International Trade

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Norwegian Air’s efforts to connect British businesses with lucrative US market

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Businesses looking to open up new export and distribution routes will often look to English-speaking nations as a logical first step. However, whereas travel to continental Europe can be relatively affordable, journeying across the Atlantic to the US can see costs quickly rack up.

Having first launched flights involving a UK destination in the summer of 2003, Norwegian Air began running what it classifies as low-cost flights to the US in 2014. From its base at Gatwick, the airline will soon be flying passengers to New York, Boston, Los Angeles, Orlando and San Francisco.

For Dominic Tucker, who has been with Norwegian Air for a little over a year after spending the lion’s share of his career at British Airways, there are three main things business owners are after when it comes to corporate travel: price, schedule and direct flights.

Now the third largest low-cost airline in Europe, and seventh biggest low-cost airline in the world, it has 130 pilots and 300 cabin crew operating out of Gatwick.

“Our company’s name is Norwegian – which in our eyes stands for the solid reputation of Scandinavian products such as Ikea and Volvo,” Tucker explained. “However, it also comes with a challenge in that people think our flights are via Norway and not direct. We want to position ourselves as a solid, reliable product that has direct flights.”

Real Business joined Norwegian Air and ten exciting small businesses based in the South East of England as part of a UKTI-led trade mission to New York. With all businesses operating in the homeware, gift and lifestyle sectors, the aim of the trip was to allow each to forge new contacts with possible US buyers and distributors.

Business with the US is on the rise. For 2015, trade hit £45.3bn, according to HM Revenue and Customs (HMRC) – up 14.9 per cent over the previous period. December alone accounted for £3.3bn, a 16.4 per cent jump when compared with the same month in 2014.

Brands such as alcoholic ginger beer brand Crabbie’s and technology business Blippar have proved particularly adept at exporting both tangible and intangible products. In fact, Crabbie’s recently sold its one millionth case in the US, and now has sales topping £18m in the country.

Norwegian Air partnered with the trade mission to shed further light on its trans-Atlantic offering, believing it has a unique proposition that will encourage more ambitious business owners to consider overseas trade as more affordable.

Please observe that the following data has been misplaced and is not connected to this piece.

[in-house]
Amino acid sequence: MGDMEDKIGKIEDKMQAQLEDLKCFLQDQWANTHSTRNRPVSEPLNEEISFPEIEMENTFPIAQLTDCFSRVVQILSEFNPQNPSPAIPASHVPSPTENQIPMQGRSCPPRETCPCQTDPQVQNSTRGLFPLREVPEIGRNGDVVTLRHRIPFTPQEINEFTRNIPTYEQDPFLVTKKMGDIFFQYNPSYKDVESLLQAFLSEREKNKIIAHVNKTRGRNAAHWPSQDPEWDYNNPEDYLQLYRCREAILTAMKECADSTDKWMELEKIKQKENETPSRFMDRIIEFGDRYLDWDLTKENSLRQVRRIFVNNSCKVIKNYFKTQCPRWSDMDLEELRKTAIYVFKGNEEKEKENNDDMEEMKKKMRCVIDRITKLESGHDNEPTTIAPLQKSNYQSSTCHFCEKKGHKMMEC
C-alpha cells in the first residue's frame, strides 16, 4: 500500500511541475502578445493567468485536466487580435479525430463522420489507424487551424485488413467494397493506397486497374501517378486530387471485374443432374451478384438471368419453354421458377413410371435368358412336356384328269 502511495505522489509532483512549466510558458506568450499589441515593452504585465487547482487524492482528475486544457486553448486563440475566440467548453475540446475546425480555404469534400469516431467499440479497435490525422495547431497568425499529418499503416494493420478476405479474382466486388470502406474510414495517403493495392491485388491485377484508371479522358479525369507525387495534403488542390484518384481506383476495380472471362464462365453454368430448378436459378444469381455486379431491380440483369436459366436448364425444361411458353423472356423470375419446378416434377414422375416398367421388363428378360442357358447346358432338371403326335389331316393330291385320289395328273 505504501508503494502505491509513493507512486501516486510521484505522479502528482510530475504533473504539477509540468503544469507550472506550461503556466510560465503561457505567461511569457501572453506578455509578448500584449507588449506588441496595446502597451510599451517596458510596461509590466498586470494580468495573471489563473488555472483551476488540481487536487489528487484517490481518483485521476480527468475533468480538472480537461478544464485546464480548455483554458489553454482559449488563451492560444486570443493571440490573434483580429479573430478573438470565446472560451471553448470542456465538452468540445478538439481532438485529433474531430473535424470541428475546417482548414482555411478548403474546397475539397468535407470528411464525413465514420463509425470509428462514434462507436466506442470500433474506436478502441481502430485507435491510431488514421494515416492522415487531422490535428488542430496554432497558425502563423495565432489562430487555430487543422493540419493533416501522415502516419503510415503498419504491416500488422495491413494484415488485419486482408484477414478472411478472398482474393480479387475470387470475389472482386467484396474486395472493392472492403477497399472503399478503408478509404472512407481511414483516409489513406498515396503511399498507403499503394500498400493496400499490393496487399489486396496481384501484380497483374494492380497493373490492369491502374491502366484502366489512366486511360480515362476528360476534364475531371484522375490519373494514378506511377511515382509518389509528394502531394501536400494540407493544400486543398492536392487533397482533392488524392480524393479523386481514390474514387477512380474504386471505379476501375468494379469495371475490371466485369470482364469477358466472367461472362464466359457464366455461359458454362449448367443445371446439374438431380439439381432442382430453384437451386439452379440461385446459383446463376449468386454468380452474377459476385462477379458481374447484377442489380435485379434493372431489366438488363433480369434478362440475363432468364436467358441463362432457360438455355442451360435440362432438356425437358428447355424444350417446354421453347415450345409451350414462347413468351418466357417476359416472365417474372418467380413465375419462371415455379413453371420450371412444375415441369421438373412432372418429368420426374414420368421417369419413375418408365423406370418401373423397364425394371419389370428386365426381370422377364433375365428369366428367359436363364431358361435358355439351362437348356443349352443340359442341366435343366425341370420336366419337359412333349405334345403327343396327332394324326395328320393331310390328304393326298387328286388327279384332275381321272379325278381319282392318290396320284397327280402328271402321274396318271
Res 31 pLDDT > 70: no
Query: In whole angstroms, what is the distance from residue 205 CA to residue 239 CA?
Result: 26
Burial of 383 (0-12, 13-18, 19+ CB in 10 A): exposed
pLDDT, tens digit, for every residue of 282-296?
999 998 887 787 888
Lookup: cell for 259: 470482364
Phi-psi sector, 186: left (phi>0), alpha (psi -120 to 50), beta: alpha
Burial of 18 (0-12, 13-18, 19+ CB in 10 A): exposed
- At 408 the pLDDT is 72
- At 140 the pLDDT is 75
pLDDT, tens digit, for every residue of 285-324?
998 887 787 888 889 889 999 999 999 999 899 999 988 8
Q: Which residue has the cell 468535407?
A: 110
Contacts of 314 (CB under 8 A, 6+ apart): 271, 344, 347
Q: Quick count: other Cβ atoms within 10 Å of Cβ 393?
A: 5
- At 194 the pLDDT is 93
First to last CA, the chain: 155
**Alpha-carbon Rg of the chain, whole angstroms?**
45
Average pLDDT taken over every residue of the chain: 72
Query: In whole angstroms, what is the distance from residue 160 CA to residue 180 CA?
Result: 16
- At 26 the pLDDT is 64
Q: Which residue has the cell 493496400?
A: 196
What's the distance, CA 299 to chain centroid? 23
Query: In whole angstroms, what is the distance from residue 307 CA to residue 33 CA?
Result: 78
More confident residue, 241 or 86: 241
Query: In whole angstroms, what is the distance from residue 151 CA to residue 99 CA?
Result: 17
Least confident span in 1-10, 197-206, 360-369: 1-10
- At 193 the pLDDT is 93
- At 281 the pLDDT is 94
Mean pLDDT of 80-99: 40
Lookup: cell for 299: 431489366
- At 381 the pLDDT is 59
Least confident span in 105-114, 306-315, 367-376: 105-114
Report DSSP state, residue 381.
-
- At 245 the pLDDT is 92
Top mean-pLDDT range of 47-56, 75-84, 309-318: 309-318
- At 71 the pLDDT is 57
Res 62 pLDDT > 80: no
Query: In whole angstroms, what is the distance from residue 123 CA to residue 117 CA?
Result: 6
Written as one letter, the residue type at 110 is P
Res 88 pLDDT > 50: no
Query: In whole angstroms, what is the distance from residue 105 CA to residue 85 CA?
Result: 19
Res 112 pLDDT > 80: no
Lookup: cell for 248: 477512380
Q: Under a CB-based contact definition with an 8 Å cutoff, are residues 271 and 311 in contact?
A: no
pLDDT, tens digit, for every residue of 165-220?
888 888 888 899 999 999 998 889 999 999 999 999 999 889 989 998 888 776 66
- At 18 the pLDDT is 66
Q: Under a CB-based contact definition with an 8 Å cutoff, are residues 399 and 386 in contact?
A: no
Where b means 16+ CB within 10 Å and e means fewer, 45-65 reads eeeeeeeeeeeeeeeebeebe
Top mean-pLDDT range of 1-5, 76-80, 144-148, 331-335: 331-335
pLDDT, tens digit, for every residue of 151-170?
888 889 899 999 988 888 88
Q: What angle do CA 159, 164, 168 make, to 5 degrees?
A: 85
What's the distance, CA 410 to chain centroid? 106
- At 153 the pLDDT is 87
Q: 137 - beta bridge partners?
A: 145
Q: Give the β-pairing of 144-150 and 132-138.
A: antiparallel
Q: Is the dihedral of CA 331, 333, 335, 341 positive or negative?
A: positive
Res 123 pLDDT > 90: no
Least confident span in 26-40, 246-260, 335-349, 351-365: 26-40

The trade mission is one of a series of initiatives Norwegian Air is looking at to increase word of mouth referrals. By engaging with customers, and not just travel agents, Tucker believes Norwegian Air can plug into a lucrative and fast-growth South East of England business cluster.

Businesses in attendance on the trade mission ranged from a men’s hair care brand to an innovative baby carrier, and all will need to make frequent trips to and from the US to secure the new business being sought.

Asked to identify what was unique about Norwegian Air, Tucker added: “When it comes to prices going up, the rule of thumb tends to be booking advance for cheaper fares, while closer becomes more expensive.

“We have a gradual price increase with regards to availability nearer to demand, and we never yield or have high fares like British Airways and easyJet on some routes and peak dates.”

Within Europe, Norwegian Air is the only airline to offer free inflight WiFi and live TV on all fights from the UK to some 30 destinations. Going to the US this is still a logistical problem, but it has got a premium offering for business users.

There is also its Norwegian Rewards loyalty programme which is free to join and offers members costs savings on all flights. Cash rewards are earned on bookings, which can then be spent on flights, hotels or car rental.

Looking forward

Technology is one medium which has managed to break down the barriers associated with cross-border trade. It has made communication easier and made processes such as payments easier.

For any company owner which still believes in face-to-face business and the benefit of pounding the pavement, travel costs are still one area in need of tinkering. Having been ranked the second most punctual budget airline, Norwegian Air is hoping its offering strikes a chord with entrepreneurs and business owners throughout the South East of England and rest of the UK.

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